This week, only four of the 10 S&P Sector SPDRs posted gains. Real estate (XLRE) finally posted a strong week, adding 1.34% to lead all sectors. Consumer staples (XLP) also posted a weekly reversal by rising 0.71%. Energy (XLE) posted its second weekly win in a row by climbing 0.5%. Financials (XLF) were the weakest this week, losing 0.9% on fading hopes of tax reform and deregulation.
The broad market Wilshire 5000 (W5000) lost 0.38% this week to close at 24,762.35. The index hit a new all-time high close on Monday but still wasn’t able to crack the 25,000 mark. This may prove a difficult obstacle in the near-term. The index also fell through its 50-day moving average on Wednesday, lessening its reliability as support moving forward. We now look to the 24,250 level for initial support, which marks the April lows.
The tech-heavy Nasdaq Composite (COMP) wasn’t able to continue its weekly winning streak, falling 0.6% this week to 6,083.70. However, the index did notch a new all-time high close on Tuesday. The index found round-number support around 6,000 on Wednesday, so we see it as near-term support moving forward. Below that is the 50-day moving average at 5,954.49.
The Russell 2000 (RUT) index of smaller stocks fell 1.1% this week to 1,367.33. The index tested the 1,400 mark earlier in the week but this resistance level held. Wednesday’s sell-off sent the index below its 50-day moving average but, unlike other indexes, it was not able to reclaim it before week’s end. To the downside, we look for near-term support just above the 1,340 level.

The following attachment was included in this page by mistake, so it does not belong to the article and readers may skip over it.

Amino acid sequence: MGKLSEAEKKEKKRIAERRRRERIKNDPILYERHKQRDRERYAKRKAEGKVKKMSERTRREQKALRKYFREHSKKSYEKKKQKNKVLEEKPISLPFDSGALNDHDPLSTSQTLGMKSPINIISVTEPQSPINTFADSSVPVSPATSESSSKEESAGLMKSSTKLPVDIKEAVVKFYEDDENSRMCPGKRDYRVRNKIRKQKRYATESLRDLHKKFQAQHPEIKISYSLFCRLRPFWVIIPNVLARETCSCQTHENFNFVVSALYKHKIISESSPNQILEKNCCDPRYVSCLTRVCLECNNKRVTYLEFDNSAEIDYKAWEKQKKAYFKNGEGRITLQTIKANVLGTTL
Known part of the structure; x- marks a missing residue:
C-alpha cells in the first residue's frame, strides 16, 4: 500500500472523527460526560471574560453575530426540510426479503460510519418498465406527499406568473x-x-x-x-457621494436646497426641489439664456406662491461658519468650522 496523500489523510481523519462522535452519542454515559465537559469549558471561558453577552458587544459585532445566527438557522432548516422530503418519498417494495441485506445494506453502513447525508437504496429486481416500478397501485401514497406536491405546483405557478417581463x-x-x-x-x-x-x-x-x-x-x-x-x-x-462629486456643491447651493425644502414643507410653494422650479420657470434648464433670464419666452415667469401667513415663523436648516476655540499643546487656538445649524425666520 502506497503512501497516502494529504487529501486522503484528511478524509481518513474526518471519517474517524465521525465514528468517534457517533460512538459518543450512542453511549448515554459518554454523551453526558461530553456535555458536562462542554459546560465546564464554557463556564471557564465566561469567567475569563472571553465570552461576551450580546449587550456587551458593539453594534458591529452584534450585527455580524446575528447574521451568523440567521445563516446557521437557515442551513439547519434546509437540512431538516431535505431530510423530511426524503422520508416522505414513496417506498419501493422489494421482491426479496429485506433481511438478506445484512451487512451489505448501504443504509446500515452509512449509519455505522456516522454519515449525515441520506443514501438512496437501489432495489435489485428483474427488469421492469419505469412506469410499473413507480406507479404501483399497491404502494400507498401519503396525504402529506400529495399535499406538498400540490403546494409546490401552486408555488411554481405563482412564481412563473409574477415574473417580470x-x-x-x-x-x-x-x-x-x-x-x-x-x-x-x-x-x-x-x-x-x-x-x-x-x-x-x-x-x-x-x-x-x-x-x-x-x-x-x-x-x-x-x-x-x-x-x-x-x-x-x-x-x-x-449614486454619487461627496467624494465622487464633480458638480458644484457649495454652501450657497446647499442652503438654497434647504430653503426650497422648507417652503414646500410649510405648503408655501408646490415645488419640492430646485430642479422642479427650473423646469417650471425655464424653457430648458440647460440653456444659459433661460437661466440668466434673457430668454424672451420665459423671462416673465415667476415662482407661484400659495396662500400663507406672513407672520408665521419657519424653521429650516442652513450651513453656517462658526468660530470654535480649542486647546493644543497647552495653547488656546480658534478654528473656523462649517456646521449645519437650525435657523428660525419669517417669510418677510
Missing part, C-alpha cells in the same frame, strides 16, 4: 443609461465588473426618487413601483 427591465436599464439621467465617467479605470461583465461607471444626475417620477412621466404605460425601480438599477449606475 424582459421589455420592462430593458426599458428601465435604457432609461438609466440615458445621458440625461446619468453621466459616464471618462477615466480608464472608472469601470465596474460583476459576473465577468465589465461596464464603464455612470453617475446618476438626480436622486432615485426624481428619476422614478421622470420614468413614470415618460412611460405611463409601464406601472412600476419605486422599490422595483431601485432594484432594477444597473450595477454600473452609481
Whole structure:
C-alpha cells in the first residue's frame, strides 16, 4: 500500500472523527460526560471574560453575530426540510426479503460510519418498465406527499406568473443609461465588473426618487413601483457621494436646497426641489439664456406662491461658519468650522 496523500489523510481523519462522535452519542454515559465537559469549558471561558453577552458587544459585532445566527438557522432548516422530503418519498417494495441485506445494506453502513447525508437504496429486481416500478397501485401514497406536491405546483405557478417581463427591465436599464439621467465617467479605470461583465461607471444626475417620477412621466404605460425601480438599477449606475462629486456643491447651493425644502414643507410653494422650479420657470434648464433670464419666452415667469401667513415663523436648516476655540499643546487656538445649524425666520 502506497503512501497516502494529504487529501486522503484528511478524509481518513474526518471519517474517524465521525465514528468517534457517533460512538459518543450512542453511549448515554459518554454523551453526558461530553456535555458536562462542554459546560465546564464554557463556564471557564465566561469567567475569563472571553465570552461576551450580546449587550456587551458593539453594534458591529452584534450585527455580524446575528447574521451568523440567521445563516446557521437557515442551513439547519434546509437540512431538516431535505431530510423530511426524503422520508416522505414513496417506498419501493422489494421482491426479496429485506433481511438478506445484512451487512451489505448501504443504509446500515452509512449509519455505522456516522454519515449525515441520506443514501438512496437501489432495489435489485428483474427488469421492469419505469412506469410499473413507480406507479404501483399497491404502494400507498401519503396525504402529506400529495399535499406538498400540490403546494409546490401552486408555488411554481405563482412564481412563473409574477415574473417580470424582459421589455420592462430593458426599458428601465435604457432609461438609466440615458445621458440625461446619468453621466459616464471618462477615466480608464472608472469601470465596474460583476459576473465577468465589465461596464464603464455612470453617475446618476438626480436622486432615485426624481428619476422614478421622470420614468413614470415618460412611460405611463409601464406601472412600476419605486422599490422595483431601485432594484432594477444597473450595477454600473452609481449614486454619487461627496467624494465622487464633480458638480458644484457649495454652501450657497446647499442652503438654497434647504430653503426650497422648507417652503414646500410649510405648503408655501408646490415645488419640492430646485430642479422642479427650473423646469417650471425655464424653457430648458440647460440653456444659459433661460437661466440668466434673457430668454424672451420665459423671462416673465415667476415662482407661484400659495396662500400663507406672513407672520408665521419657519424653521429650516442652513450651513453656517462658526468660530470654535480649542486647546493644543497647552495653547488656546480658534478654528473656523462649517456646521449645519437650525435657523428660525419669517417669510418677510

The CBOE Volatility Index (VIX) added 15.8% this week following a wild ride. Wall Street’s “fear gauge” jumped 46% on Wednesday to its highest levels in over a month but eased off as the week progressed, moving back below its 50- and 200-day moving averages. Eventually, it closed at 12.04.
Computerized Investing Market Dashboard Indicators
This week, two of the CI Market Dashboard Indicators triggered new bearish signals, both switching from neutral. Another indicator saw its bullish signal go stale and revert to neutral. However, none of the Dashboard indicators triggered confirming bearish or bullish signals this week.
Here is a recap of the Market Dashboard indicators for this week:
- The iShares Dow Jones U.S. Index Fund (IYY) fell 0.25% this to $119.34. However, for the 28th week in a row, the ETF closed above its 100-day moving average. Therefore, this indicator remains bullish. The 100-day moving average of IYY's closing price ended the week at 116.96, up from 116.64 last week. The spread between the IYY closing price and the moving average narrowed to +2.0% from +2.6%. As long as the weekly closing price of IYY ends the week above its 100-day moving average in a “meaningful” way, this indicator will remain bullish. If IYY was to close the week with meaningful separation below its 100-day moving average, the indicator would trigger a new bearish signal. If the weekly closing price of IYY and its 100-day moving average are basically the same, the indicator would trigger a new neutral signal.
- The MACD of IYY ended the week clearly below its signal line. As a result, this indicator has triggered a new bearish signal, switching from neutral. The MACD of IYY stands at +0.222 while the signal line is at +0.398. As long as the MACD ends the week clearly below its signal line, this indicator will remain bearish. If the MACD was to end the week with clear separation with its signal line to the upside, this indicator would trigger a new bullish signal. If the MACD was to end the week basically in line with its signal line, this indicator would trigger a new neutral signal.